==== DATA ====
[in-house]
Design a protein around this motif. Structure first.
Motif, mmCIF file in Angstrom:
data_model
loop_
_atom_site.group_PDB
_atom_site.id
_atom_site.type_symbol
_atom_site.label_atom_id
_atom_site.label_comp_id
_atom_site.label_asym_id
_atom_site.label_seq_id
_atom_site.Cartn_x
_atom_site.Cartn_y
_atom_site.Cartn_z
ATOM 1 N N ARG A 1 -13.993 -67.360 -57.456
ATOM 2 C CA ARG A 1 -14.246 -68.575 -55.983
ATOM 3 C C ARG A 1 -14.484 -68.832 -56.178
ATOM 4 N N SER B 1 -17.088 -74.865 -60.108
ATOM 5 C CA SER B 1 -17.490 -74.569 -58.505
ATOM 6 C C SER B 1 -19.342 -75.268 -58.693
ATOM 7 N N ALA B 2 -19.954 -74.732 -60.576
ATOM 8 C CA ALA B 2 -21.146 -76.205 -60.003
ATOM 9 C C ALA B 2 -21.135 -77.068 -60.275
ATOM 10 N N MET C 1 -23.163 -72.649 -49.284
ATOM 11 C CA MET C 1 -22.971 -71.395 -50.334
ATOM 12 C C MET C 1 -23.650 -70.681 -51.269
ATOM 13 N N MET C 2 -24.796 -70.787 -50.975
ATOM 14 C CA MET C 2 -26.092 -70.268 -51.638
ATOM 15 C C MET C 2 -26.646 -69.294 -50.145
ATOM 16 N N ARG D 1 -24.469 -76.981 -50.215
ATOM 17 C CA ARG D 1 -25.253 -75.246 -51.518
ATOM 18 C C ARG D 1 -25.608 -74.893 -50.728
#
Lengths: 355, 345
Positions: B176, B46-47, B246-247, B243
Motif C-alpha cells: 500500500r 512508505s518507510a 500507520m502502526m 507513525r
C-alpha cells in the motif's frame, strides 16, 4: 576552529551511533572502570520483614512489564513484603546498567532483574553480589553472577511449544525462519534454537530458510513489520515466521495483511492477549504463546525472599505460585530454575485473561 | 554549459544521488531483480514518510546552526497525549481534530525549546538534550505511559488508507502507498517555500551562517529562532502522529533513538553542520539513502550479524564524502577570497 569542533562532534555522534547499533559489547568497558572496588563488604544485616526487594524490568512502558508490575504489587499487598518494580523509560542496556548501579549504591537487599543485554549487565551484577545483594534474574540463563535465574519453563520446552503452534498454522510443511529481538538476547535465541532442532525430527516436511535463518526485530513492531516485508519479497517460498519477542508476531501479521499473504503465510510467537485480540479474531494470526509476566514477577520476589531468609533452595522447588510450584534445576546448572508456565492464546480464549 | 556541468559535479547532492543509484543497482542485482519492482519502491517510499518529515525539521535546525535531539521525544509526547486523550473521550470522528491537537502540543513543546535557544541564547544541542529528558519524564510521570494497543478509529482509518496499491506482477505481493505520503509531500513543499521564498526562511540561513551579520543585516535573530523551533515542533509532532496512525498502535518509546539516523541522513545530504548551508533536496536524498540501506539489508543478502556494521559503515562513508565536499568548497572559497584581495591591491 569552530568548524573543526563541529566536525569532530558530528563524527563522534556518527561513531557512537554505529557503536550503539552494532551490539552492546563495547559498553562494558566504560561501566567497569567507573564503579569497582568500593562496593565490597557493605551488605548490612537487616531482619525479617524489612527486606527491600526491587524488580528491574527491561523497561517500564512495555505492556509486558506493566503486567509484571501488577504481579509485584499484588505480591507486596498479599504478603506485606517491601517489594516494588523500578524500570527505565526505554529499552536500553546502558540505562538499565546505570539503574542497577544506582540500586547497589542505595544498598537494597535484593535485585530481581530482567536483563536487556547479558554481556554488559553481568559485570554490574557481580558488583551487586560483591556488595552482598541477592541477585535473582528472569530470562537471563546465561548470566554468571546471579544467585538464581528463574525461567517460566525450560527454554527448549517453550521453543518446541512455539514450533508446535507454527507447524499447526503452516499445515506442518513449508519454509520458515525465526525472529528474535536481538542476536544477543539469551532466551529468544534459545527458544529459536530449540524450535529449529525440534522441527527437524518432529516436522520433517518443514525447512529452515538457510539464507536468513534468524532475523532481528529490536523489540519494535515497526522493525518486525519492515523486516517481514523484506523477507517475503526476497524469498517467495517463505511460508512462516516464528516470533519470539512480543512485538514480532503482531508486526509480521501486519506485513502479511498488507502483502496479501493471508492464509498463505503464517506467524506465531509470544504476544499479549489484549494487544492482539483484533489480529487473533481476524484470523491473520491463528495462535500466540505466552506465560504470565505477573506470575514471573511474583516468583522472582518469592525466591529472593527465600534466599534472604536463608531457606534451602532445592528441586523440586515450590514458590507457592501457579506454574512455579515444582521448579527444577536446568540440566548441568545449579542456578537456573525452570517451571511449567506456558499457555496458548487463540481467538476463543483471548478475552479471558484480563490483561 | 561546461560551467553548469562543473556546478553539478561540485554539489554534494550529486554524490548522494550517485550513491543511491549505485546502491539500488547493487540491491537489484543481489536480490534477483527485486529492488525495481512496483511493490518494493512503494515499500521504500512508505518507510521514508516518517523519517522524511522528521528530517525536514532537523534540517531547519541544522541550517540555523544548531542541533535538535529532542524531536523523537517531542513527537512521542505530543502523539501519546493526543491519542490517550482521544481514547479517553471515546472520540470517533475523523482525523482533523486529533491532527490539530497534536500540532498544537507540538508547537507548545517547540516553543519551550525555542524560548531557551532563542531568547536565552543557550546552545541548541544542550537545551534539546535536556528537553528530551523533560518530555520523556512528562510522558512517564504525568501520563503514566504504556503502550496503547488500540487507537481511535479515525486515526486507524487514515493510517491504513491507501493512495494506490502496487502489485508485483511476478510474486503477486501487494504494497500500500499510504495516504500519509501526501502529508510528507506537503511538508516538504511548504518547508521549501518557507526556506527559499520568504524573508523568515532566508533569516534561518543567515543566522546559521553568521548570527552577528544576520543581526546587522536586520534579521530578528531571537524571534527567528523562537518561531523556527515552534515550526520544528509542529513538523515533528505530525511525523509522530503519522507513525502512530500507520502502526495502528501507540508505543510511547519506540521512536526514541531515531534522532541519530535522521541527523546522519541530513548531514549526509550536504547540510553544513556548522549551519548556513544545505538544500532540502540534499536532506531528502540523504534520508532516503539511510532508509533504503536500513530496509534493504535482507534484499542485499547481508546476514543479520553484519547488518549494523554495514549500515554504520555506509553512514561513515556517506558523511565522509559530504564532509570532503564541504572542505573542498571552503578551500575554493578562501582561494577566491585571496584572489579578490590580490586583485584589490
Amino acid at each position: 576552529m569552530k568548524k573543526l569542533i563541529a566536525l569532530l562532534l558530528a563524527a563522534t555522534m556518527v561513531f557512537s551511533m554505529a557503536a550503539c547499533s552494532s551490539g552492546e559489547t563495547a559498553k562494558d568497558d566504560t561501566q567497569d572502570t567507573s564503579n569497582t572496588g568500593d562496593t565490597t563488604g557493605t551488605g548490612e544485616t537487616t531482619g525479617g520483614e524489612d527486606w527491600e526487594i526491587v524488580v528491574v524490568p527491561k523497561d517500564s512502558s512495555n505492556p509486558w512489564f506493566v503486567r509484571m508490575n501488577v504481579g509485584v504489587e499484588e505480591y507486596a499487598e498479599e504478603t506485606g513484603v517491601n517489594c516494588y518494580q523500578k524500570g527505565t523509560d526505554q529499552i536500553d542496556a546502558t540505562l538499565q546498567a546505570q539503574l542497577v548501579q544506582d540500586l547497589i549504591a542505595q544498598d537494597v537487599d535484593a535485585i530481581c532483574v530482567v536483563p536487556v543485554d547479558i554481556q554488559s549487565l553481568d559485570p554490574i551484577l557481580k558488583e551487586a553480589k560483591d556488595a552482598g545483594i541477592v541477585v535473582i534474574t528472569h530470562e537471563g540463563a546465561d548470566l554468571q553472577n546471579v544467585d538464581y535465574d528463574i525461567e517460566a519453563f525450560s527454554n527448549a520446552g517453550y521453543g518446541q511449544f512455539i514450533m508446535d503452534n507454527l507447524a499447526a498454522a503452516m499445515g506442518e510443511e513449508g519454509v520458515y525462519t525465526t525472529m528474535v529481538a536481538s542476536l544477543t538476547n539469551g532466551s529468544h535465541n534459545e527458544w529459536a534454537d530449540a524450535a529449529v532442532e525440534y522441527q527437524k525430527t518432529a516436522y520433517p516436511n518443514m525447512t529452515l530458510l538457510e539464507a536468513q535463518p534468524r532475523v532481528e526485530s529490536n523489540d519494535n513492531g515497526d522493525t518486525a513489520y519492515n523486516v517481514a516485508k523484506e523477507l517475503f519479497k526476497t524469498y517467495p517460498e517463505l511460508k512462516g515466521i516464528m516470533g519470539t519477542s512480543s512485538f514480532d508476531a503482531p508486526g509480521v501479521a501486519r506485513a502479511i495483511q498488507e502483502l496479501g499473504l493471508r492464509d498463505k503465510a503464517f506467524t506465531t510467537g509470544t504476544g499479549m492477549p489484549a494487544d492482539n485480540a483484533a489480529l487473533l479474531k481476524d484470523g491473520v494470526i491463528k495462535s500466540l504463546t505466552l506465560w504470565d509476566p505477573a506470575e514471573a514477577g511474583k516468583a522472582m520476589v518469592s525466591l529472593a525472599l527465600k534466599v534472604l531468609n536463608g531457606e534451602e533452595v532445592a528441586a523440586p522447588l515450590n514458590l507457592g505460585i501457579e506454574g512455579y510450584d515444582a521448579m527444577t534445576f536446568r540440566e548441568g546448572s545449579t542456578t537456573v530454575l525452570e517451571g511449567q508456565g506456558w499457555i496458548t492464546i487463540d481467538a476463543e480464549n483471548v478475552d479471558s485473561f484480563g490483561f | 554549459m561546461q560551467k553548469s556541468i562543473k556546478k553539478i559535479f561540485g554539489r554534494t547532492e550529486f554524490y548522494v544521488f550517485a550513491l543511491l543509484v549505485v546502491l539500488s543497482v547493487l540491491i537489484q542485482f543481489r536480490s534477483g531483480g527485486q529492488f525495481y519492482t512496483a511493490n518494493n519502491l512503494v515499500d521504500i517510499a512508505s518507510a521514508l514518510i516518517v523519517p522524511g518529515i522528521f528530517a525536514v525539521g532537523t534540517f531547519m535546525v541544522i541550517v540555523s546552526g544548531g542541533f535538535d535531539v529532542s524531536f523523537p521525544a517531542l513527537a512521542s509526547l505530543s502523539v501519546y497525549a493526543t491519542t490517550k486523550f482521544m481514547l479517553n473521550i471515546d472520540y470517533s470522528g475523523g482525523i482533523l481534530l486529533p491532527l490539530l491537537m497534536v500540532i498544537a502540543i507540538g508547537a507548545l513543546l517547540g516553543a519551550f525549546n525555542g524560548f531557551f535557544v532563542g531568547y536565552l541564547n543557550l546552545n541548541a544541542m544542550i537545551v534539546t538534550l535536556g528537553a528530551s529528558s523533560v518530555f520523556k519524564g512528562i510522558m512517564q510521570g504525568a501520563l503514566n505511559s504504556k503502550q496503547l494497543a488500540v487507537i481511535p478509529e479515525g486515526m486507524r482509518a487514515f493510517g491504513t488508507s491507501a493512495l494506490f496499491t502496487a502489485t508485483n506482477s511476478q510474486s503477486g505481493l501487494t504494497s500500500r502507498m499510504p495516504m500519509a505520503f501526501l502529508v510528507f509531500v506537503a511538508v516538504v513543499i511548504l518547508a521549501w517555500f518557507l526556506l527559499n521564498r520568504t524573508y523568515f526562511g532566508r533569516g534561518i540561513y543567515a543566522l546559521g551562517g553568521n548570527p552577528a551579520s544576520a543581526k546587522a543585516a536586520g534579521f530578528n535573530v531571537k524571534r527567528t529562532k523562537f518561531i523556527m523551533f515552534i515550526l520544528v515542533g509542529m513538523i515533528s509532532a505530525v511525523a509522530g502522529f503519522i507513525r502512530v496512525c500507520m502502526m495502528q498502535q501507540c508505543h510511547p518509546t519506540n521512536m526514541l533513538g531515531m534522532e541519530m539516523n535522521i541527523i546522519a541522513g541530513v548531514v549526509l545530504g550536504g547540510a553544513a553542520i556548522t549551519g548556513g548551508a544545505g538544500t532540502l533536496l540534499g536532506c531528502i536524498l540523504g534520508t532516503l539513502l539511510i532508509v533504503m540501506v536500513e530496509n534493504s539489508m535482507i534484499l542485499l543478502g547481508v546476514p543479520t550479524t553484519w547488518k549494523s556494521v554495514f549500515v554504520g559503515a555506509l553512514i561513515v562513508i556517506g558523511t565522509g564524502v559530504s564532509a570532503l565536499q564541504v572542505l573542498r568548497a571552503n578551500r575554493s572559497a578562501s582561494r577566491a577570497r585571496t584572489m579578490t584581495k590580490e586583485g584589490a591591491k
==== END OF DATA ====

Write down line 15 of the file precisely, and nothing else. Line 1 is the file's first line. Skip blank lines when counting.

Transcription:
_atom_site.Cartn_z